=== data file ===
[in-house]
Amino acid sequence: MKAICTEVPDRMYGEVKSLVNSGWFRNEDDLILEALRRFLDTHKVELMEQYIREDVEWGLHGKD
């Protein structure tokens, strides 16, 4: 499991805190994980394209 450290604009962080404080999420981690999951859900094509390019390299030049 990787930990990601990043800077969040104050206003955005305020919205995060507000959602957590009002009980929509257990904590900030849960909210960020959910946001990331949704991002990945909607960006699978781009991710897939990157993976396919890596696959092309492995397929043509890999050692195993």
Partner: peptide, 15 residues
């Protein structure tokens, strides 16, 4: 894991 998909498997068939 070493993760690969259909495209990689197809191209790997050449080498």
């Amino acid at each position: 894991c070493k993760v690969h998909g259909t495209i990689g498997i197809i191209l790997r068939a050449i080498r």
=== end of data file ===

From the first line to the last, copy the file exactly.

[in-house]
Amino acid sequence: MKAICTEVPDRMYGEVKSLVNSGWFRNEDDLILEALRRFLDTHKVELMEQYIREDVEWGLHGKD
């Protein structure tokens, strides 16, 4: 499991805190994980394209 450290604009962080404080999420981690999951859900094509390019390299030049 990787930990990601990043800077969040104050206003955005305020919205995060507000959602957590009002009980929509257990904590900030849960909210960020959910946001990331949704991002990945909607960006699978781009991710897939990157993976396919890596696959092309492995397929043509890999050692195993």
Partner: peptide, 15 residues
């Protein structure tokens, strides 16, 4: 894991 998909498997068939 070493993760690969259909495209990689197809191209790997050449080498």
């Amino acid at each position: 894991c070493k993760v690969h998909g259909t495209i990689g498997i197809i191209l790997r068939a050449i080498r």